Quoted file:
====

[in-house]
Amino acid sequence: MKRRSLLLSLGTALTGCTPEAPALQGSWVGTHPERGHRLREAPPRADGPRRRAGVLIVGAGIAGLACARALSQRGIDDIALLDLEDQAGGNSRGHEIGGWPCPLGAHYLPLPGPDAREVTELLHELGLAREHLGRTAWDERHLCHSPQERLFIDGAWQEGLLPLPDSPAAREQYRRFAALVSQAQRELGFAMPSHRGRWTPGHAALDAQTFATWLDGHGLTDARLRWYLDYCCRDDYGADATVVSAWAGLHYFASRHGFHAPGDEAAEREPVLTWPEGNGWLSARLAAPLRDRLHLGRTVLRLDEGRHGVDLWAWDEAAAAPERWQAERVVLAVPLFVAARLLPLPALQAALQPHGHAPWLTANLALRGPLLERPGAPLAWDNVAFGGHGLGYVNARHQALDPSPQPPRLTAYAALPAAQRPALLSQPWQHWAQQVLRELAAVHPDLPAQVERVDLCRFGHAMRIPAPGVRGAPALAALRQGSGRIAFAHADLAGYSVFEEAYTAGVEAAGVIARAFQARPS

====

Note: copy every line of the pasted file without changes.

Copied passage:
[in-house]
Amino acid sequence: MKRRSLLLSLGTALTGCTPEAPALQGSWVGTHPERGHRLREAPPRADGPRRRAGVLIVGAGIAGLACARALSQRGIDDIALLDLEDQAGGNSRGHEIGGWPCPLGAHYLPLPGPDAREVTELLHELGLAREHLGRTAWDERHLCHSPQERLFIDGAWQEGLLPLPDSPAAREQYRRFAALVSQAQRELGFAMPSHRGRWTPGHAALDAQTFATWLDGHGLTDARLRWYLDYCCRDDYGADATVVSAWAGLHYFASRHGFHAPGDEAAEREPVLTWPEGNGWLSARLAAPLRDRLHLGRTVLRLDEGRHGVDLWAWDEAAAAPERWQAERVVLAVPLFVAARLLPLPALQAALQPHGHAPWLTANLALRGPLLERPGAPLAWDNVAFGGHGLGYVNARHQALDPSPQPPRLTAYAALPAAQRPALLSQPWQHWAQQVLRELAAVHPDLPAQVERVDLCRFGHAMRIPAPGVRGAPALAALRQGSGRIAFAHADLAGYSVFEEAYTAGVEAAGVIARAFQARPS